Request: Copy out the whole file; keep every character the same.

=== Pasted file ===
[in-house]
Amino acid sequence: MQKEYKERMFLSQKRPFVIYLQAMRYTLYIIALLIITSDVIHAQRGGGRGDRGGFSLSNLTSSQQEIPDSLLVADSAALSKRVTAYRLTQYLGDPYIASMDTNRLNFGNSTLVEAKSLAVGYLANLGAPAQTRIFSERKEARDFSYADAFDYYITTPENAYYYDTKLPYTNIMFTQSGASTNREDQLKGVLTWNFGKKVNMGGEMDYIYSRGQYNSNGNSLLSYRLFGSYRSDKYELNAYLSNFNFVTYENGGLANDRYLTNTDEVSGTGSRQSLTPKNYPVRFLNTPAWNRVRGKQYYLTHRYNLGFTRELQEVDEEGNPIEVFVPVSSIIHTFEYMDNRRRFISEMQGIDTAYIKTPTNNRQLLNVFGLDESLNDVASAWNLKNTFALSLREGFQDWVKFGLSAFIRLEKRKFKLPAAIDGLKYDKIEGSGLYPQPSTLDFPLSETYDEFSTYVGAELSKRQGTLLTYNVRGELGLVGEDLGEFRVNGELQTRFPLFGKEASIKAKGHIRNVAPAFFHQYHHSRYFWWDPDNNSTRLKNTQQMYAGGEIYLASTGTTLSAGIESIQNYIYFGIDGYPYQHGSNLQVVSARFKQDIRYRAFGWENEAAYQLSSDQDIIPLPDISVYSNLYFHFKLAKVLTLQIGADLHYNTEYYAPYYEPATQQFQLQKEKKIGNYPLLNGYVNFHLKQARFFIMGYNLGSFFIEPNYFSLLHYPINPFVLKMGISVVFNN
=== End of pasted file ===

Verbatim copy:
[in-house]
Amino acid sequence: MQKEYKERMFLSQKRPFVIYLQAMRYTLYIIALLIITSDVIHAQRGGGRGDRGGFSLSNLTSSQQEIPDSLLVADSAALSKRVTAYRLTQYLGDPYIASMDTNRLNFGNSTLVEAKSLAVGYLANLGAPAQTRIFSERKEARDFSYADAFDYYITTPENAYYYDTKLPYTNIMFTQSGASTNREDQLKGVLTWNFGKKVNMGGEMDYIYSRGQYNSNGNSLLSYRLFGSYRSDKYELNAYLSNFNFVTYENGGLANDRYLTNTDEVSGTGSRQSLTPKNYPVRFLNTPAWNRVRGKQYYLTHRYNLGFTRELQEVDEEGNPIEVFVPVSSIIHTFEYMDNRRRFISEMQGIDTAYIKTPTNNRQLLNVFGLDESLNDVASAWNLKNTFALSLREGFQDWVKFGLSAFIRLEKRKFKLPAAIDGLKYDKIEGSGLYPQPSTLDFPLSETYDEFSTYVGAELSKRQGTLLTYNVRGELGLVGEDLGEFRVNGELQTRFPLFGKEASIKAKGHIRNVAPAFFHQYHHSRYFWWDPDNNSTRLKNTQQMYAGGEIYLASTGTTLSAGIESIQNYIYFGIDGYPYQHGSNLQVVSARFKQDIRYRAFGWENEAAYQLSSDQDIIPLPDISVYSNLYFHFKLAKVLTLQIGADLHYNTEYYAPYYEPATQQFQLQKEKKIGNYPLLNGYVNFHLKQARFFIMGYNLGSFFIEPNYFSLLHYPINPFVLKMGISVVFNN